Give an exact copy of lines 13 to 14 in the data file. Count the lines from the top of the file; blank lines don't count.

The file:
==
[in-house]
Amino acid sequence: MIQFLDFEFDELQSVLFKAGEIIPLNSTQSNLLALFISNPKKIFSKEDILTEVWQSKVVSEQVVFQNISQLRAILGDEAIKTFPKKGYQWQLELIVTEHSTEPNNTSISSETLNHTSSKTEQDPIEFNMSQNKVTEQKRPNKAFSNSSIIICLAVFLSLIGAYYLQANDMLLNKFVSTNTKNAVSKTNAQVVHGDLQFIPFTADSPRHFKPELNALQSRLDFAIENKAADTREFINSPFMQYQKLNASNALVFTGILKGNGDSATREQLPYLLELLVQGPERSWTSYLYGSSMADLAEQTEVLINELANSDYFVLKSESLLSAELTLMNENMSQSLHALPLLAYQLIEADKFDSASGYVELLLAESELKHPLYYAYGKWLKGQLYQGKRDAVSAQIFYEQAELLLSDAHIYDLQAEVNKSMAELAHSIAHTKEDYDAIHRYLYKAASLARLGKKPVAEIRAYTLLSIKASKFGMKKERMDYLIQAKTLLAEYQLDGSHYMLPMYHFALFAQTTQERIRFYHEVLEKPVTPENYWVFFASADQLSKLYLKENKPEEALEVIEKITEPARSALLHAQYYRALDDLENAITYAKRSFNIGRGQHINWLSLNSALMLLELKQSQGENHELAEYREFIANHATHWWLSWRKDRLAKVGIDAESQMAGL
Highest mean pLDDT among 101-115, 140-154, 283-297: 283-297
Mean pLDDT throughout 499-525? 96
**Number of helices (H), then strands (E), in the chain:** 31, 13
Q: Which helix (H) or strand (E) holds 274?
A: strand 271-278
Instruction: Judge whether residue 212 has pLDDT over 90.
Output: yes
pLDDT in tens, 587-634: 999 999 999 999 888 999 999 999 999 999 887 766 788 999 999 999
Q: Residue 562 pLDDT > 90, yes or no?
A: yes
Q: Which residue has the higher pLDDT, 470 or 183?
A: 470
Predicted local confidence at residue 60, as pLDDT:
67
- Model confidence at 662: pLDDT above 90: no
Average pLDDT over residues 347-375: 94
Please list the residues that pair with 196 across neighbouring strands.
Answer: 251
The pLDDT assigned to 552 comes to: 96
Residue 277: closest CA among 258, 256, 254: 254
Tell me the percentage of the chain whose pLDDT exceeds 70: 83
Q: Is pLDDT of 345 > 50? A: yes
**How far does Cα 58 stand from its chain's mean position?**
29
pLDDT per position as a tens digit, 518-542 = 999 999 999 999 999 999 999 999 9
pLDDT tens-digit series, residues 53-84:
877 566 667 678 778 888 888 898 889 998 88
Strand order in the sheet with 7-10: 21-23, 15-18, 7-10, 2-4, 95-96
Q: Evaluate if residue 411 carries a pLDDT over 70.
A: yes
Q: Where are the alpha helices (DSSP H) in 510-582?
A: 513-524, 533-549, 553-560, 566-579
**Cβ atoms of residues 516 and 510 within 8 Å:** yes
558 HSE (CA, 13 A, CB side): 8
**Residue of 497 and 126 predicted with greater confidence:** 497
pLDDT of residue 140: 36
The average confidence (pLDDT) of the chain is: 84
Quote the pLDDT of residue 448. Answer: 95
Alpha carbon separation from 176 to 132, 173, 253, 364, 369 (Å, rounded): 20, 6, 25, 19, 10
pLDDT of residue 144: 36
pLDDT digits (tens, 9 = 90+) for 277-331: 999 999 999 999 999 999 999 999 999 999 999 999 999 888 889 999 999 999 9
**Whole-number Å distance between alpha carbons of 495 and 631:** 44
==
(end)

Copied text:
Q: Which residue has the higher pLDDT, 470 or 183?
A: 470